Anthropology •  Archaeology •  Latin America and Autobiography

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The Road to Ruins

Ian Graham

For anyone who ever wanted to be an archaeologist, Ian Graham could be a hero. This lively memoir chronicles Graham's career as the "last explorer" and a fierce advocate for the protection and preservation of Maya sites and monuments across Mexico, Guatemala, and Belize. It is also full of adventure and high society, for the self-deprecating Graham traveled to remote lands such as Afghanistan in wonderful company. He tells entertaining stories about his encounters with a host of notables beginning with Rudyard Kipling, a family friend from Graham's childhood.

Born in 1923 into an aristocratic family descended from Oliver Cromwell, Ian Graham was educated at Winchester, Cambridge, and Trinity College, Dublin. His career in Mesoamerican archaeology can be said to have begun in 1959 when he turned south in his Rolls Royce and began traveling through the Maya lowlands photographing ruins. He has worked as an artist, cartographer, and photographer, and has mapped and documented inscriptions at hundreds of Maya sites, persevering under rugged field conditions. Graham is best known as the founding director of the Corpus of Maya Hieroglyphic Inscriptions Program at the Peabody Museum of Archaeology and Ethnology, Harvard University. He was awarded a MacArthur Foundation "genius grant" in 1981, and he remained the Maya Corpus program director until his retirement in 2004.

Graham's careful recordings of Maya inscriptions are often credited with making the deciphering of Maya hieroglyphics possible. But it is the romance of his work and the graceful conversational style of his writing that make this autobiography must reading not just for Mayanists but for anyone with a taste for the adventure of archaeology.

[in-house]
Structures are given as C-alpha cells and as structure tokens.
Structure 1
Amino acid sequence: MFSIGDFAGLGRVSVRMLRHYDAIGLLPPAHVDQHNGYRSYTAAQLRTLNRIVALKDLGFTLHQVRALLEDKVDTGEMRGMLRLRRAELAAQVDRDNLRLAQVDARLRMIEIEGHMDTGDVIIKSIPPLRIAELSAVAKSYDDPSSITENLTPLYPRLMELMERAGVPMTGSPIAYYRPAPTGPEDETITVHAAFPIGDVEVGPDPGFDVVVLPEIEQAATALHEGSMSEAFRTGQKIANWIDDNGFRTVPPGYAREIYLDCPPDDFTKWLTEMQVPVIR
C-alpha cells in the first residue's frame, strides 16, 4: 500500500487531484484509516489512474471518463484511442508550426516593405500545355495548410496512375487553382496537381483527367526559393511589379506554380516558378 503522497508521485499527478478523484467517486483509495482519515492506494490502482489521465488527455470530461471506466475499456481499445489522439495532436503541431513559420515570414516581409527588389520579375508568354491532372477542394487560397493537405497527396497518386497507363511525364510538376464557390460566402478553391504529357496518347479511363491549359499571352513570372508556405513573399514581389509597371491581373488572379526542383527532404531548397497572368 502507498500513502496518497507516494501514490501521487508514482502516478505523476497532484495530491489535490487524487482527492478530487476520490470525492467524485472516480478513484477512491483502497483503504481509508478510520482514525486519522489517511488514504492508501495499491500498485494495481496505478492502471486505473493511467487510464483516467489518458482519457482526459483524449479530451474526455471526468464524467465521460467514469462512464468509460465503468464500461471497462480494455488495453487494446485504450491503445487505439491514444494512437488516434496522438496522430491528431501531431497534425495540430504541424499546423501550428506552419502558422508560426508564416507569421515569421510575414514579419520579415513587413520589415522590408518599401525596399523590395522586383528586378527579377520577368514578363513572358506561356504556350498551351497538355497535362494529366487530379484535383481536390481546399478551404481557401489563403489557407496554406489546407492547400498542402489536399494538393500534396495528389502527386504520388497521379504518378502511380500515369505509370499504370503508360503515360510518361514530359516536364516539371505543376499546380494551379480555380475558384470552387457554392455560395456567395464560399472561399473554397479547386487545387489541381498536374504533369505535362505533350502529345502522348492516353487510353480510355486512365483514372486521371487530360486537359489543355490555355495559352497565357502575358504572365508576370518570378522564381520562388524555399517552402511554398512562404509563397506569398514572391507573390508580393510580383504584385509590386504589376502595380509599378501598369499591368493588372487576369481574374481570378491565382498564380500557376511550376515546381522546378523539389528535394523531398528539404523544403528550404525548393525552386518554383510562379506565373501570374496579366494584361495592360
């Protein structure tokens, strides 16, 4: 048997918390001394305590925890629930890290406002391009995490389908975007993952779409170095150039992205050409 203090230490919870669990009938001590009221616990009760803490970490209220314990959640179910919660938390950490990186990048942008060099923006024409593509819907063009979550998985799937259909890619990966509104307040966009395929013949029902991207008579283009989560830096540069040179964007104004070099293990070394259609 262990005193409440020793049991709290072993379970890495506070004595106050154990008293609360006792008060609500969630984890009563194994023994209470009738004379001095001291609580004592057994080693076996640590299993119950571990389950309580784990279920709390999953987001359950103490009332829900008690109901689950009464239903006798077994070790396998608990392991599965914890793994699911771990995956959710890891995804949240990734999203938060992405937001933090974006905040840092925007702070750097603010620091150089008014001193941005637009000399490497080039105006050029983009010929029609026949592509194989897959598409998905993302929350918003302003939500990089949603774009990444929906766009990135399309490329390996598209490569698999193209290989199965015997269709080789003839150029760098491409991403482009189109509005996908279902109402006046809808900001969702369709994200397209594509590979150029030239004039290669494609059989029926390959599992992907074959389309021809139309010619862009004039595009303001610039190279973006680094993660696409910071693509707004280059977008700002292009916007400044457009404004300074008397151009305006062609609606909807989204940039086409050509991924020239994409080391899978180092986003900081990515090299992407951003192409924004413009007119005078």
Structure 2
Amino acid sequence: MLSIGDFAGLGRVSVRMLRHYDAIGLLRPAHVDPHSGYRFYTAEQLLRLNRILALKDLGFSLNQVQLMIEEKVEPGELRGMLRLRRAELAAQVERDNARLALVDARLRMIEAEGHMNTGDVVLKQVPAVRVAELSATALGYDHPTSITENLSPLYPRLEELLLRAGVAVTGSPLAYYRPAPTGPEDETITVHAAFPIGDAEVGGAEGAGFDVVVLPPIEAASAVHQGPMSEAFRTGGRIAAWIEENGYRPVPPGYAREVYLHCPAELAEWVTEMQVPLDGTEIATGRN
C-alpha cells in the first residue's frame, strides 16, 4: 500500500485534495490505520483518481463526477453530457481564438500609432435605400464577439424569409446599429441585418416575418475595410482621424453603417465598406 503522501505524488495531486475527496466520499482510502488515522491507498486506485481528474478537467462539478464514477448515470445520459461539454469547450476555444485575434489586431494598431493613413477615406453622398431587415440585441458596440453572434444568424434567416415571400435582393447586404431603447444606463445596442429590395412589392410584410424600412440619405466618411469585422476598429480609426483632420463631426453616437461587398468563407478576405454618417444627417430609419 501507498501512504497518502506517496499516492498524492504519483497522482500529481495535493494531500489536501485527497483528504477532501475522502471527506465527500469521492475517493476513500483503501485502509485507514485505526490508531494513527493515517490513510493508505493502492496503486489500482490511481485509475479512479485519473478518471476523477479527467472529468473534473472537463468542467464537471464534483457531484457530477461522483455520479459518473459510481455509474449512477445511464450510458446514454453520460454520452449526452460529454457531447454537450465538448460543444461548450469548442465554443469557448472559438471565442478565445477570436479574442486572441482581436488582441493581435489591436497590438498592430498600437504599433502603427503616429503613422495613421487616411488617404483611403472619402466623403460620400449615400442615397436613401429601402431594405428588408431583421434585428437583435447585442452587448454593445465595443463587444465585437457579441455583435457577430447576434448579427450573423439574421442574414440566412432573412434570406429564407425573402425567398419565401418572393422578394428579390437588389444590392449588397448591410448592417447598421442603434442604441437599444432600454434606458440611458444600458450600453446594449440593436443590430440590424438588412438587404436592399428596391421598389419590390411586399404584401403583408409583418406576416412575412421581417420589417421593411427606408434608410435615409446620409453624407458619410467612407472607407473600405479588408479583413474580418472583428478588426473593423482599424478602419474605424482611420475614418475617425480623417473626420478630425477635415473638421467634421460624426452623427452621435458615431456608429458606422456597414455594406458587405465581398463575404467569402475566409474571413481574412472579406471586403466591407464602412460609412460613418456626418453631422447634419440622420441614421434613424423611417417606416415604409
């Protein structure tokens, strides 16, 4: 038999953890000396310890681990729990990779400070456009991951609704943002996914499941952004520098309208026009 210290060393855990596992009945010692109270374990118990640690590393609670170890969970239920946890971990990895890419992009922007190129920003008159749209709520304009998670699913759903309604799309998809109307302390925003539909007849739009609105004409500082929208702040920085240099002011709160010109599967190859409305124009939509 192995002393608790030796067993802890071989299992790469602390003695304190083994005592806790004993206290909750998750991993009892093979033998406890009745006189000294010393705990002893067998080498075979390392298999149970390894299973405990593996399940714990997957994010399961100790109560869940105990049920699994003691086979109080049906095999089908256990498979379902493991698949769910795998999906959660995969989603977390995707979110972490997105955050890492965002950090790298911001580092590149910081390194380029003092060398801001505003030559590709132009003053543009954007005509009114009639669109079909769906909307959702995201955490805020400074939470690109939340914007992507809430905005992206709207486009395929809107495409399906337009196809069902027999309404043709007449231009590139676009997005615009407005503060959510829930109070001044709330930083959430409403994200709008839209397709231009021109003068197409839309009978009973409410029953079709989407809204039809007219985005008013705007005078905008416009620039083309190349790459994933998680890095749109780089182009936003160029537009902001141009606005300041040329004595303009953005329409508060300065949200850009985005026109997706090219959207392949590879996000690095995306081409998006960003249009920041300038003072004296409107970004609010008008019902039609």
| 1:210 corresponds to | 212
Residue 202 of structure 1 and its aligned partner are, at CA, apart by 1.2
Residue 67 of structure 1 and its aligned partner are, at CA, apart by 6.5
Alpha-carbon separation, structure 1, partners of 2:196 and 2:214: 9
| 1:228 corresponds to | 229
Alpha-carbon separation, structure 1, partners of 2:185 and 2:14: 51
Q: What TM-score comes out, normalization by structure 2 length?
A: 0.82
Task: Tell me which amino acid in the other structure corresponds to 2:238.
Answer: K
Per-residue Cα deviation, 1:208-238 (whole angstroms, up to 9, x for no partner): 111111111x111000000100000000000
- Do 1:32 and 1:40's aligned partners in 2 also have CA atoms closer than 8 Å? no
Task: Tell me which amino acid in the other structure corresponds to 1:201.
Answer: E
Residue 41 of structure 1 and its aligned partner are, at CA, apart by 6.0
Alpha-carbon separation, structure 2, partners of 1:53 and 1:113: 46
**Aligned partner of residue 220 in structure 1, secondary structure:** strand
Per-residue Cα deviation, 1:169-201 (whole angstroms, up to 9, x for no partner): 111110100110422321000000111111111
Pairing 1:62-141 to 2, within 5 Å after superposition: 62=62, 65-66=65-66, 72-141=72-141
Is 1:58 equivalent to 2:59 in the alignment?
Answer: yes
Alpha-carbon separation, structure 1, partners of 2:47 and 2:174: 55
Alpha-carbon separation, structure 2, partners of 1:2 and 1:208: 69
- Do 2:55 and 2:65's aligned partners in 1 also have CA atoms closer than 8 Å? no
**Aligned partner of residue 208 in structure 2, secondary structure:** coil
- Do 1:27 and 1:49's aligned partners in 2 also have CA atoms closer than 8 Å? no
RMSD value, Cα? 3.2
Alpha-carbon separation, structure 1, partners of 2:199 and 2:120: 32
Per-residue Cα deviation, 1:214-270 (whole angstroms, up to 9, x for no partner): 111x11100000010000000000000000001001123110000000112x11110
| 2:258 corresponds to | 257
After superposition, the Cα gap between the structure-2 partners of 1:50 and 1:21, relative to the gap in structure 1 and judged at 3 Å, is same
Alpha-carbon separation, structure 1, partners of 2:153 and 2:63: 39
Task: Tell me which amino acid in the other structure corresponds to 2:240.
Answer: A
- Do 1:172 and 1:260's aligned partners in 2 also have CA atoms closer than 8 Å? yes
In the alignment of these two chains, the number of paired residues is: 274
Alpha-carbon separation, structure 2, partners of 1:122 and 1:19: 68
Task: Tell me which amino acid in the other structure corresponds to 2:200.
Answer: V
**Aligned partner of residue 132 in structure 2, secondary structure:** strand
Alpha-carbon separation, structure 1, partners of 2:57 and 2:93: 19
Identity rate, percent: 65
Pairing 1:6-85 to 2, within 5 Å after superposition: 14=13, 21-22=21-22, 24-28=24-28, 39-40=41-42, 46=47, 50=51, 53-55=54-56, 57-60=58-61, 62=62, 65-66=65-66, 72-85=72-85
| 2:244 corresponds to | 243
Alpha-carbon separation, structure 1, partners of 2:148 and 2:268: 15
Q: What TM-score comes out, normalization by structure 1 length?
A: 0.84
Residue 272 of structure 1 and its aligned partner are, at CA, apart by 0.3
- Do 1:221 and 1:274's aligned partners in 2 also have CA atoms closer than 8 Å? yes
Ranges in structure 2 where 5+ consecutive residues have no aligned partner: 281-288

Ian Graham is the founding director of the Corpus of Maya Hieroglyphic Inscriptions Program at the Peabody Museum of Archaeology and Ethnology, Harvard University.


“The overall effect of the book is unexpectedly beguiling, just because of its impulsive, picaresque character. At the faintest whisper of an undiscovered Maya site, an unrecorded stele, an unmeasured giant mount, Graham is off, hitching a lift from a passing truck or chopper, commandeering a canoe, wielding a machete where the loggers’ brecha gives out. One is swept along in his all-consuming Maya mania.”


The Times Literary Supplement

“This handsome volume is a work of great élan and literary merit. It is also. . .a deeply moving account of one man’s redemption. Archaeology magazine has rightly declared: ‘Ian Graham has done more than any other person to save the fragile written record of the ancient Maya.’ Graham’s story makes clear that the Maya saved him as well.”


The Atlantic

"Hang on to your hat and trowel. Ian Graham's memoirs of his life in The Road to Ruins are reminiscent of a roller coaster ride. . . .Graham's experiences--hacking his way through the jungle, witnessing a murder by looters, being thrown in jail twice--read more like fiction than fact. Indiana Jones would be envios."


Missouri Archaeological Society Quarterly

7 x 10 in. 544 pages 155 halftones